Referenced by
Citing PatentFiling datePublication dateApplicantTitle
US5032622 *Jul 2, 1990Jul 16, 1991The Dow Chemical CompanyPacking
US5632045 *May 8, 1995May 27, 1997Chase Ergonomics, Inc.Antivibration glove
US5673437 *May 6, 1996Oct 7, 1997Chase Ergonomics Inc.Vibration attenuating member and method of making same
US5688860 *Dec 14, 1995Nov 18, 1997Minnesota Mining And Manufacturing CompanyPolyurethane/polyurea elastomers
US6136879 *Oct 23, 1998Oct 24, 2000Tokai Rubber Industries, Ltd.Soft polyurethane foam, method of producing the same and vehicle interior member using the same
US6291019Jun 17, 1999Sep 18, 2001Mackinac Investors, LlcApplying liquid material consisting of amine-terminated polyester or polyether diol or triol and isocyanate compound onto substrate in ambient environment, wherein material cures substantially instantaneously after application
US6390423Dec 4, 1998May 21, 2002Fellowes, Inc.Ergonomic soft-feel mouse
US6391935Jan 31, 2000May 21, 2002Bayer Antwerp, N.V.Viscoelastic polyurethane foams
US6420447 *Aug 5, 1992Jul 16, 2002Stankiewicz GmbhViscoelastic damping foam having an adhesive surface
US6453476 *Dec 21, 2000Sep 24, 2002Team Wendy, LlcProtective helmet
US6653363Dec 4, 2002Nov 25, 2003Foamex, L.P.Forming viscoelastic material; copolymerizing toluene diiso-cyanate and optionally 4,4' biphenylmethylene diisocyanate with polyether of high hydroxyl number and graft polyol
US6723401Aug 25, 2000Apr 20, 2004Ergodyne CorporationVibration damping member and method of making same
US6734220Aug 27, 2002May 11, 2004Foamex L.P.Fine cell, high density viscoelastic polyurethane foams
US6889452Nov 14, 2001May 10, 2005Boot Royalty Company, L.P.Insole for footwear
US7078443Oct 22, 2003Jul 18, 2006Intellectual Property Holdings, LlcCombining a diisocyanate or allophenates wtih a polyether polyol containing propylene oxide extended-monoethanolamine based polyether polyol, propylene oxide extended- triethanolaminetriol based polyether and propylene oxide extended-diethanolamine based polyol, a polyether, to form semi-rigid foam
US7107704Nov 14, 2001Sep 19, 2006Mjd Innovations, L.L.C.Cushioning shoe insole
US7299505Jul 20, 2005Nov 27, 2007Mjd Innovations, LlcHelmet cushioning pad with variable, motion-reactive applied-load response, and associated methodology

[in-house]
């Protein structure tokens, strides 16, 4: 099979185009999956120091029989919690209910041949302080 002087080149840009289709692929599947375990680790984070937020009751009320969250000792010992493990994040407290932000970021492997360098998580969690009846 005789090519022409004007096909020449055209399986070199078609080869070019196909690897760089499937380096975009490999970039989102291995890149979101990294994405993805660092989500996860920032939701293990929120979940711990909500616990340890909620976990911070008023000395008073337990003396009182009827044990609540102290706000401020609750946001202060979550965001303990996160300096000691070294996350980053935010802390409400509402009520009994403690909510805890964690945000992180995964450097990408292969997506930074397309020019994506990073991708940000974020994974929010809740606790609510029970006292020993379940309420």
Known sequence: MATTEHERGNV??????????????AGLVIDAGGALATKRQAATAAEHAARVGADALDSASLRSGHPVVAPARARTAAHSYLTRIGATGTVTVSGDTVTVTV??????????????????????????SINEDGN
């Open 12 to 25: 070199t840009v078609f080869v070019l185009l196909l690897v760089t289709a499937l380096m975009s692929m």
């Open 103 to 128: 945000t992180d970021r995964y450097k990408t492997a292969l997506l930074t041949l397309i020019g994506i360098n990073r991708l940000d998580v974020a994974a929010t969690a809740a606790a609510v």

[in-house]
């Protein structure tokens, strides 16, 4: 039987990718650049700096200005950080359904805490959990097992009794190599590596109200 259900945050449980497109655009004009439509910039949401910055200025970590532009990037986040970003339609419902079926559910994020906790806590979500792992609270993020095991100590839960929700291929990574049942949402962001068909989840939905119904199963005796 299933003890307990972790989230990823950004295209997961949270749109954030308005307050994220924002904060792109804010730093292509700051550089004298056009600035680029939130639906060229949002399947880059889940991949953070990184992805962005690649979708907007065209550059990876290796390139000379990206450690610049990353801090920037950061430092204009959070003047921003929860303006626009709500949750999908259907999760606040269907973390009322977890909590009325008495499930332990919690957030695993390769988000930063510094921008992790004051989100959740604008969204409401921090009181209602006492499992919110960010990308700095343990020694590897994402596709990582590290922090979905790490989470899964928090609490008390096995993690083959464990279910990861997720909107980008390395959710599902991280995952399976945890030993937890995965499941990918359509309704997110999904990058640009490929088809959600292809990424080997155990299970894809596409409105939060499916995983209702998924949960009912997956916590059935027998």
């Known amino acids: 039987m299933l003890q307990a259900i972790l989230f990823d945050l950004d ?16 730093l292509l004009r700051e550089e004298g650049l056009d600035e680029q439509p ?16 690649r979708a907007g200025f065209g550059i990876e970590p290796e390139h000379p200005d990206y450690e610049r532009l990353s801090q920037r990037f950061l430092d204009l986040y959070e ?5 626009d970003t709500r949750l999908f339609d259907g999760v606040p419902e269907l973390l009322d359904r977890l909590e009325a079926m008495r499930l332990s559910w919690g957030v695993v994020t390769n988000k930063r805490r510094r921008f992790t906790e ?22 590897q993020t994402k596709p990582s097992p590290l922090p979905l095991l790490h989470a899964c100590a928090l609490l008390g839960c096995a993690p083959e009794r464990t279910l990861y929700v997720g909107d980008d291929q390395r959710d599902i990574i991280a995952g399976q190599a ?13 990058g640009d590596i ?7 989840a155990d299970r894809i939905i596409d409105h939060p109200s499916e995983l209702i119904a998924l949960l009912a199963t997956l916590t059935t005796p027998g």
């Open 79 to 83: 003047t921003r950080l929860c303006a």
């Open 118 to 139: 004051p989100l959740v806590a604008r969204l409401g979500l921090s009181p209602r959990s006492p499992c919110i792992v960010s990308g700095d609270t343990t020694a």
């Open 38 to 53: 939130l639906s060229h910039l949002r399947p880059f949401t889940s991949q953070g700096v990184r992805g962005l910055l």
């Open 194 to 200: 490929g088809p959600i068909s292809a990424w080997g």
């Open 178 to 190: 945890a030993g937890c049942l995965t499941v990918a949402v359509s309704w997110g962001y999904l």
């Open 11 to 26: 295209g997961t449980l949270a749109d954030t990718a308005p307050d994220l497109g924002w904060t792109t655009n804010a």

US7456245Nov 24, 2004Nov 25, 2008Battelle Memorial InstituteEnergy-absorbent material and method of making
US7637034Oct 10, 2006Dec 29, 2009Boot Royalty Company, L.P.Insole for footwear
US8551201Aug 7, 2009Oct 8, 2013Praxair S.T. Technology, Inc.Polyurethane composition for CMP pads and method of manufacturing same
US8575226 *Jan 25, 2005Nov 5, 2013Rhino Linings CorporationVegetable oil-based coating and method for application
US20100227939 *Nov 13, 2008Sep 9, 2010Basf SeFoamed polyurethanes having improved flexing endurance properties
DE102008016123A1Mar 20, 2008Sep 24, 2009Gt Elektrotechnische Produkte GmbhShape Memory Polymere und Verfahren zu ihrer Herstellung
EP0747412A1 *Jun 7, 1996Dec 11, 1996Woodbridge Foam CorporationPolyurethane foam and process for production thereof
EP0913414A1 *Oct 27, 1998May 6, 1999Mitsui Chemicals, Inc.Soft polyurethane foam, method of producing the same and vehicle interior member using the same
EP1787760A1 *Nov 10, 2006May 23, 2007HILTI AktiengesellschaftHand tool with foamed cable
EP2103637A2Mar 20, 2009Sep 23, 2009GT Elektrotechnische Produkte GmbHShape memory polymer and method for its production
WO1996035342A1 *May 7, 1996Nov 14, 1996David D ChaseVibration attenuating member and method of making same
U.S. Classification521/108, 528/51, 528/76, 528/58, 521/129, 521/172, 528/83, 521/126, 521/174, 528/53
International ClassificationC08G18/76, C08G18/48, C08G18/66
Cooperative ClassificationC08G2101/0083, C08G18/6674, C08G2350/00, C08G18/4825, C08G18/7664
European ClassificationC08G18/76D2, C08G18/66P2A, C08G18/48B
Legal Events
Feb 18, 2003FPExpired due to failure to pay maintenance fee
Effective date: 20021225
Dec 26, 2002LAPSLapse for failure to pay maintenance fees
Jul 9, 2002REMIMaintenance fee reminder mailed
Sep 7, 1999PRDPPatent reinstated due to the acceptance of a late maintenance fee
Effective date: 19990723
Feb 12, 1999SULPSurcharge for late payment
Jan 25, 1996FPAYFee payment
Year of fee payment: 4
Jan 25, 1996SULPSurcharge for late payment
Mar 7, 1995FPExpired due to failure to pay maintenance fee
Effective date: 19951228
Aug 2, 1994REMIMaintenance fee reminder mailed
Dec 13, 1993ASAssignment
Effective date: 19931213
Apr 28, 1989ASAssignment
Effective date: 19890421